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Damage to submarine cables in the Red Sea.  There are fears of an attack, but the Houthis deny this

Damage to submarine cables in the Red Sea. There are fears of an attack, but the Houthis deny this

First attacks on Western ships in the Red Sea, and now (possibly) sabotage of some of the underwater cables that transmit data and maintain the global Internet infrastructure. Reprisals carried out by the Houthi militia, a Yemeni armed group loyal to Iran, are intensifying and may have found new targets, although the militiamen deny this hypothesis.

Let's start from the beginning: According to various media outlets in the region, there are at least four damaged submarine cables in the Red Sea: AAE-1 cable (Asia-Africa-Europe 1, 25 thousand km long, from Southeast Asia). To Europe, the Seacom cable (a 17,000 km cable connecting South Africa, Kenya, Tanzania, Mozambique, Djibouti, France and India), and the 15,000 km Europe-India Gateway (EIG) cable. And at least one of these cables has officially confirmed damage: this is the Seacom cable.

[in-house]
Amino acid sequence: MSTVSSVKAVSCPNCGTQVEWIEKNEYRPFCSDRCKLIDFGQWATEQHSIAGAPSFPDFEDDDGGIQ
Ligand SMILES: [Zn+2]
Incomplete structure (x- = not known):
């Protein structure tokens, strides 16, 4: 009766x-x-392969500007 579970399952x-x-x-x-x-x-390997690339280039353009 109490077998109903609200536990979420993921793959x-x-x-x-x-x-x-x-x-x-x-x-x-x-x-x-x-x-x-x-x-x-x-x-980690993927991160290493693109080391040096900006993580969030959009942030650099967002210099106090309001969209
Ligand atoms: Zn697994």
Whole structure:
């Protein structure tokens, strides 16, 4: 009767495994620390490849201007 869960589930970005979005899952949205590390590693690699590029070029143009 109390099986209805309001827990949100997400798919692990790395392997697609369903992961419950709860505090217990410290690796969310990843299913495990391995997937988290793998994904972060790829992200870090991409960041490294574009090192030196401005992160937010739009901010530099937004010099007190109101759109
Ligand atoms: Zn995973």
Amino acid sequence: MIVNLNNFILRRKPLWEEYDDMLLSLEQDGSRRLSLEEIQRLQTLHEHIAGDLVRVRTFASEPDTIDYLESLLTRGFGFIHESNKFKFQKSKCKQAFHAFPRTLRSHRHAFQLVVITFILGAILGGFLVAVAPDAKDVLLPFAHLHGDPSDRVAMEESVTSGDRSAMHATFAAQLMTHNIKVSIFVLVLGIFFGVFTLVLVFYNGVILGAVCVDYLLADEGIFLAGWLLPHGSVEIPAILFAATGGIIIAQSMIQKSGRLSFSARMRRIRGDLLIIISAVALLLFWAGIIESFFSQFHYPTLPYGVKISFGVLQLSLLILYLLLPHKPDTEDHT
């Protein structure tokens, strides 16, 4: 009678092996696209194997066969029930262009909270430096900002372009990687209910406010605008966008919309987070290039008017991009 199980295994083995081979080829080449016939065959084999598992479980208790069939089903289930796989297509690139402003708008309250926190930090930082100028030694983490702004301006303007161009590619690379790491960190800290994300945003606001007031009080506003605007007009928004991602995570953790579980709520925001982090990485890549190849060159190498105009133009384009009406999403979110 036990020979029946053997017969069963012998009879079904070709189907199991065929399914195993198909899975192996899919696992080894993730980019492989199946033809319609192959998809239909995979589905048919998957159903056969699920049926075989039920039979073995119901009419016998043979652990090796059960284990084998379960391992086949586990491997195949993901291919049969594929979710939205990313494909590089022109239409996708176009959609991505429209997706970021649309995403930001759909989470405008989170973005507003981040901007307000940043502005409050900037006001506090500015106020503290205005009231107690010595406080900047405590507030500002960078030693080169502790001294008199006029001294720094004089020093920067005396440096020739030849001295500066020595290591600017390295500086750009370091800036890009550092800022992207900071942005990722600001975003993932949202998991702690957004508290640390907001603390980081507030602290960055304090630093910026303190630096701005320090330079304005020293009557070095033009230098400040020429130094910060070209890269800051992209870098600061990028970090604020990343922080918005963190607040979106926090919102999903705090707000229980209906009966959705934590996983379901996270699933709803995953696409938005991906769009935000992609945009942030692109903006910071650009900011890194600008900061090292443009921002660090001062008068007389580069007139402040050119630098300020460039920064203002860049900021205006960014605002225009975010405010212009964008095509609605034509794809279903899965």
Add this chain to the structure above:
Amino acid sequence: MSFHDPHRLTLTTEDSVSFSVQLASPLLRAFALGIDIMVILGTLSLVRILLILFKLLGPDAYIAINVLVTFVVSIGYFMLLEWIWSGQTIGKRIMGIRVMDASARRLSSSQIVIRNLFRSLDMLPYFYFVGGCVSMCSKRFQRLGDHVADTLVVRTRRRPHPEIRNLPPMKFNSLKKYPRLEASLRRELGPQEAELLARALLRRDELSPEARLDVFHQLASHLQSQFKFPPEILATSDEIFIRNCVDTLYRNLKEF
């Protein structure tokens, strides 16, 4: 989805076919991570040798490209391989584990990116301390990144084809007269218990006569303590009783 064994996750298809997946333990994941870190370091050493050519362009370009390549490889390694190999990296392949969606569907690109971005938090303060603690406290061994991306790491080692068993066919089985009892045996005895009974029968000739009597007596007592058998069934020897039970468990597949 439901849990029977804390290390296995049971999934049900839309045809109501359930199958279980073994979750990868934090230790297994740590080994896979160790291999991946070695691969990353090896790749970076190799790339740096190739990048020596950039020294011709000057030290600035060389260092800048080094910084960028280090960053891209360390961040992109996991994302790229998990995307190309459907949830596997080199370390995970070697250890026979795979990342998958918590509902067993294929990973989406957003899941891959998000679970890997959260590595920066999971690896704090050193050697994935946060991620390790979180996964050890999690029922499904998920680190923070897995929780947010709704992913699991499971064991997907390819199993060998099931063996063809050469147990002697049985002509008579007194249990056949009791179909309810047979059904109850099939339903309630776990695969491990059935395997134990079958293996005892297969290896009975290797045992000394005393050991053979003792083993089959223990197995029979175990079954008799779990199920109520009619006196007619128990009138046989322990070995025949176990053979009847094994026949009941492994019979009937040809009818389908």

But the real point is another one: it is not clear whether the damage was caused by acts of vandalism or more trivial maritime accidents (perhaps caused by fishing gear such as trawl nets or anchors being dragged to the seabed). But it must be said that the second hypothesis seems very difficult, taking into account that the construction and laying of cables takes into account maritime traffic and these possibilities.

SEACOM confirmation

As mentioned, the only real confirmation comes from Seacom, the South African company that controls one of the hacked cables. The company discovered the error last Saturday, Chief Digital Officer Prinsh Padayachi confirmed in an interview with Bloomberg. He estimated that the problem lies in waters between 150 and 170 meters deep, in an area where Iranian-backed Houthi fighters have targeted ships with drones and missiles. However, at this time, Seacom cannot determine whether the cable has been compromised due to the Houthi attack or other factors. Only when the company is able to work on the cable will it be able to determine the cause of the damage. However, the incident highlights how vulnerable critical underwater infrastructure is, especially in shallow waters with many cables. There are approximately 16 cable systems in the Red Sea, linking Europe to Asia via Egypt. If the first reports were confirmed, 4 of them would have been vandalized.

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Pending further confirmation, the damage to communications is currently considered significant, but not serious. This is because other cables – which are not affected at the moment – cross the same area linking Asia, Africa and Europe. Seacom itself has already redirected traffic to alternative cables.